The Netherlands has dozens of old traditions. I’m at the point in my studies where I’m learning about everyday Dutch culture. One chapter discussed parties and events. Now I know we have our American traditions that seem over the top and interesting to read about. I find that the Dutch are particular interested in why I celebrate Thanksgiving. But one Dutch celebration that caught my eye (and taste buds) was the one surrounding the birth of a new baby.
It’s normal for extended family and close friends to visit after a baby is born. What is also normal, is to eat rusk biscuits (hard and dried bread with an airy texture) with butter and little sprinkles on top. These little sprinkles are “muisjes” (literally little mice) and come in blue, white, and pink. There’s also a special muisje color. On the birth of a new royal heir, stores stock orange sprinkles in honor of the national color of the country.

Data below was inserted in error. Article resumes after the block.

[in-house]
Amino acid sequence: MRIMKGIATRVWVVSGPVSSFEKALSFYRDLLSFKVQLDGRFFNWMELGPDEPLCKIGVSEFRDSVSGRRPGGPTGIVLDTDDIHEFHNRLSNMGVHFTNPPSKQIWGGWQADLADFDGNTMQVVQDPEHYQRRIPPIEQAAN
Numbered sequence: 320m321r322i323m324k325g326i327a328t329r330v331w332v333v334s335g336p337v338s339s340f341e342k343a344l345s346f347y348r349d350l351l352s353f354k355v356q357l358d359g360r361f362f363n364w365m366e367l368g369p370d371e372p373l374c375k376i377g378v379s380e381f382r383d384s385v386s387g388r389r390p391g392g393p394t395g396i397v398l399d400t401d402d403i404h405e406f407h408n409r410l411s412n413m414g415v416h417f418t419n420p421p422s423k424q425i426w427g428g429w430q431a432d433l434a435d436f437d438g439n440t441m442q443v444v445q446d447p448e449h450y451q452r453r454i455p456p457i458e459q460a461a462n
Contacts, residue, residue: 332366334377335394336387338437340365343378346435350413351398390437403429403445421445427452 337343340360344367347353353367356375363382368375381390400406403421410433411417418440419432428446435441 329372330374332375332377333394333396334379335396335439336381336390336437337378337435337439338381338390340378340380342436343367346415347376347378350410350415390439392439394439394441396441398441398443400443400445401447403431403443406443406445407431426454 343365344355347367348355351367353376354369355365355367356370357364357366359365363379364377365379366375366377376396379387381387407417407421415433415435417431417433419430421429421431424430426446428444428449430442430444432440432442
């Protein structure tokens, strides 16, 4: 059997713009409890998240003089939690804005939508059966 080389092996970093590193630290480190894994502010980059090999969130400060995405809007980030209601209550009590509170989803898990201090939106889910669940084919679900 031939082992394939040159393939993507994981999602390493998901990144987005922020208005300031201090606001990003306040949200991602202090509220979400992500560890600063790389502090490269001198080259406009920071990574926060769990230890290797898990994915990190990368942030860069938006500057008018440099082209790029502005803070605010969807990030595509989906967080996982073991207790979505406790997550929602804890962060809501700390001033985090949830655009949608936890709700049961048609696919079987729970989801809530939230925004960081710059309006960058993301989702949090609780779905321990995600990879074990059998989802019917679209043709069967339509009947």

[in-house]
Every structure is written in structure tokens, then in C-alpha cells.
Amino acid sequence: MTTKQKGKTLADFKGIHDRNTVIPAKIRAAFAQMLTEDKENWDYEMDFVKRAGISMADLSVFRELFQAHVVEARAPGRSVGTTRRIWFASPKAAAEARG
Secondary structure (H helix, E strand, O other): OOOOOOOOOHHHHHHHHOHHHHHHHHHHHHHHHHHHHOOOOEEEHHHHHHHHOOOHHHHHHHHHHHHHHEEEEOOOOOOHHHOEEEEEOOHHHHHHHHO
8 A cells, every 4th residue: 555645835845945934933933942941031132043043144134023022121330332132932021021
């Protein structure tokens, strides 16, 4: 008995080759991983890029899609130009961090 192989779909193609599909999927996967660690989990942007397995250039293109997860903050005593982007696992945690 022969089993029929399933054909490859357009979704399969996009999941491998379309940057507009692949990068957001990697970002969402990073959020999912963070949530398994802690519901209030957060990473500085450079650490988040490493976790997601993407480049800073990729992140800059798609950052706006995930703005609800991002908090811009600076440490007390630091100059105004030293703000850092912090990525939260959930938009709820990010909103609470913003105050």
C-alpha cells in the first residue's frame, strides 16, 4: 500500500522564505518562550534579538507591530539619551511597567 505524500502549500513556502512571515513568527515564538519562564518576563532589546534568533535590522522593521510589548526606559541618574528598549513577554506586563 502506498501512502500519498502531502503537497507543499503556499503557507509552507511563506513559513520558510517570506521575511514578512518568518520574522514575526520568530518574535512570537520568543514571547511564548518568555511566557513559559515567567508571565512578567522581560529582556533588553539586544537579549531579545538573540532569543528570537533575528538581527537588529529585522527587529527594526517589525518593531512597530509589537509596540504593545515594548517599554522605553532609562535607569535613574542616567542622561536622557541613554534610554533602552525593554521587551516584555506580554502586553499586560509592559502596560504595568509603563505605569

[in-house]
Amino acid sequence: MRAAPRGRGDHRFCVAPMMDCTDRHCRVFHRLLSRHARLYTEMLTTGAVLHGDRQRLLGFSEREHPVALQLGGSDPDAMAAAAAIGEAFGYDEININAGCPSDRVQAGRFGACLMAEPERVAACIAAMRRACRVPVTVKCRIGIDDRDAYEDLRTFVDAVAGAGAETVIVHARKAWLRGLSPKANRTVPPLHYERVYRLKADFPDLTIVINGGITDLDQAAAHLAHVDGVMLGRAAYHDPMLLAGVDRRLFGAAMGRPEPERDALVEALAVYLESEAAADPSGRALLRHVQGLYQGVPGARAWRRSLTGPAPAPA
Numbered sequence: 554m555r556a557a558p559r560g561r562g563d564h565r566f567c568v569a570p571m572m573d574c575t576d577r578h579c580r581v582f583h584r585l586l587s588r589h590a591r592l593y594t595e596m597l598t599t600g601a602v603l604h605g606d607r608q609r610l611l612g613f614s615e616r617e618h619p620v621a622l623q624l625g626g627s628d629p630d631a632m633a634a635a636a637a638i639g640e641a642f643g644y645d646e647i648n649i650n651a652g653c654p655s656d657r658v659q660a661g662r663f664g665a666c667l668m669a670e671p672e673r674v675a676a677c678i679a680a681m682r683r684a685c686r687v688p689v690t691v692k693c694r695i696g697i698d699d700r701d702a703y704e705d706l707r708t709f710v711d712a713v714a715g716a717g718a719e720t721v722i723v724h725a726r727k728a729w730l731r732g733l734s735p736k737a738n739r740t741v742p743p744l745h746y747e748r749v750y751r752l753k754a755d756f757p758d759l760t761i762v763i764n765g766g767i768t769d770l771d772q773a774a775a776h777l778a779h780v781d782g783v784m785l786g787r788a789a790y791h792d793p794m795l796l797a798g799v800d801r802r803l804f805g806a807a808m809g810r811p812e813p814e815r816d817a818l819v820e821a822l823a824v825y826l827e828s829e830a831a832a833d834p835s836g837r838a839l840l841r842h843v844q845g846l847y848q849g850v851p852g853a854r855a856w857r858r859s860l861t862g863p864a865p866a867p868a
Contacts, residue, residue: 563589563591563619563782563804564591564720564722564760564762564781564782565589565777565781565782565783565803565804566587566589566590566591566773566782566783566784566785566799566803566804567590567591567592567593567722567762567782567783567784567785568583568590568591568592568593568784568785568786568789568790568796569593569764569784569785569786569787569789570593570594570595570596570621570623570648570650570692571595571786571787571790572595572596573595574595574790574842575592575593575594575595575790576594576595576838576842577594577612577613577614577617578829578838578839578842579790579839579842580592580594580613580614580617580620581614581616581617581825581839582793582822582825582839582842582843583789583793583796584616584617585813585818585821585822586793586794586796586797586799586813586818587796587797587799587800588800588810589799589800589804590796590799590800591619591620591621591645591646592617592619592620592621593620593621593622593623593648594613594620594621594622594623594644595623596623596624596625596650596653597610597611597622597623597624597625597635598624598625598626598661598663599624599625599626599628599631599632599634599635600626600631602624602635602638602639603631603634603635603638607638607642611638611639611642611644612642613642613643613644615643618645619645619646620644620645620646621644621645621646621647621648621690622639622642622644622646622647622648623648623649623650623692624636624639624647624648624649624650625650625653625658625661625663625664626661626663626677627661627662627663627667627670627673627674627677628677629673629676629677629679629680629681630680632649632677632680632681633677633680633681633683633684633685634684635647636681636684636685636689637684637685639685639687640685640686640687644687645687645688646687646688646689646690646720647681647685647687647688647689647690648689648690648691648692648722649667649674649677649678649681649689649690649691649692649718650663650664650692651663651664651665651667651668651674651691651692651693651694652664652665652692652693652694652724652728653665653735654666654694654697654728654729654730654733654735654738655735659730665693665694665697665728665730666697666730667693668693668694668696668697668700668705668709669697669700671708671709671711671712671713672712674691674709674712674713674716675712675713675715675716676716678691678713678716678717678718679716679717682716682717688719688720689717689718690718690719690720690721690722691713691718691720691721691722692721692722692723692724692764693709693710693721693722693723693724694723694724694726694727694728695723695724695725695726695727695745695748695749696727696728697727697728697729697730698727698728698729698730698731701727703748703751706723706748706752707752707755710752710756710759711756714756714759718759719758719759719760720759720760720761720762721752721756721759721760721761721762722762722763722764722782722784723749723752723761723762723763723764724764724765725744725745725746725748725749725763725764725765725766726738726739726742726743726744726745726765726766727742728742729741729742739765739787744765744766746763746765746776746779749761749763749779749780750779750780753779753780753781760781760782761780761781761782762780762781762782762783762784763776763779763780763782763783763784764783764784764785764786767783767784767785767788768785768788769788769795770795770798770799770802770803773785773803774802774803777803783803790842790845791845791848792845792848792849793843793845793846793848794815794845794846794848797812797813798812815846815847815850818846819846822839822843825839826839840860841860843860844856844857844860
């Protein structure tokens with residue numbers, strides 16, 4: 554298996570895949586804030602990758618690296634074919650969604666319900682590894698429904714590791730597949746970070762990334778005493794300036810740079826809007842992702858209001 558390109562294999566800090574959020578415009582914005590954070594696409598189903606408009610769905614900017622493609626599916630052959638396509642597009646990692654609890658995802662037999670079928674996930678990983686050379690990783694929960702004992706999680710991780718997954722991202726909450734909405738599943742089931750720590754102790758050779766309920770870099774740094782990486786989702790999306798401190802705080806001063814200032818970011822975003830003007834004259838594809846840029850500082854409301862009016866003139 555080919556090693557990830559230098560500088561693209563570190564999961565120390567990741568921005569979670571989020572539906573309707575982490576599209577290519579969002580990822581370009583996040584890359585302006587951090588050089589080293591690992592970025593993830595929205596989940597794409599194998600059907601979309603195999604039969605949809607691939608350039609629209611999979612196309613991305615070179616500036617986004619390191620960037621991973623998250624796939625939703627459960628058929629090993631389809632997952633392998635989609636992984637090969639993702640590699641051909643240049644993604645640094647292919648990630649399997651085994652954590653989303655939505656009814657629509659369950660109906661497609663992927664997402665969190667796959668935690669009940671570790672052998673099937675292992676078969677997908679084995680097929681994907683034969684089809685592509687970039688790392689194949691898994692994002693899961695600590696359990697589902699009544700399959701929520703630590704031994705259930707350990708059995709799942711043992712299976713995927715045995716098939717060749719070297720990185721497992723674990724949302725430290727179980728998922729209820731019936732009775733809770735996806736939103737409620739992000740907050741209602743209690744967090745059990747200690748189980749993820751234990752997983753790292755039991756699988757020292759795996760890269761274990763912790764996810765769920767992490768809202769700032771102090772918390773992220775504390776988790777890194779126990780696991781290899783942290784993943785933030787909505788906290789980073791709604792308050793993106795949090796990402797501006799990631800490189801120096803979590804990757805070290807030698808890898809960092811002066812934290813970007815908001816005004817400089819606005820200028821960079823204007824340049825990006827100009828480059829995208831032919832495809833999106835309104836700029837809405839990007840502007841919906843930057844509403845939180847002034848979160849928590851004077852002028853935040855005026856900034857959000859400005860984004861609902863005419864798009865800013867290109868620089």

Muisjes are made of aniseeds and coated with a layer of colored sugar. What I didn’t know, was that the anise inside of the muisjes symbolize fertility. It’s completely normal for Dutch to bring their muisjes to work with them to share with others. Sander’s had two different coworkers provide them already!
I wanted to try these, since it sounded like a delicious and fun way to celebrate. Sander and I got the complete package. We got a small packet of pink muisjes and beschuit (the most used biscuit). Let me tell you, they are delicious! And oddly enough, the taste was familiar to me. If you’ve ever been to an Indian restaurant that has mukhwas for the customers then you’ve tried muisjes before! Turns out the little sugarcoated pieces are muisjes!
I love learning new and interesting little tidbits of what makes Dutch culture unique. I can say I’ve never seen anything like this back home. It’s a fun way to help celebrate a huge life changing moment. It’s an old tradition that dates back to 1860 and I love seeing it still practiced today. While it’s fun to see cultures merging and combining traditions, it’s fun to still find something that’s “truly Dutch”.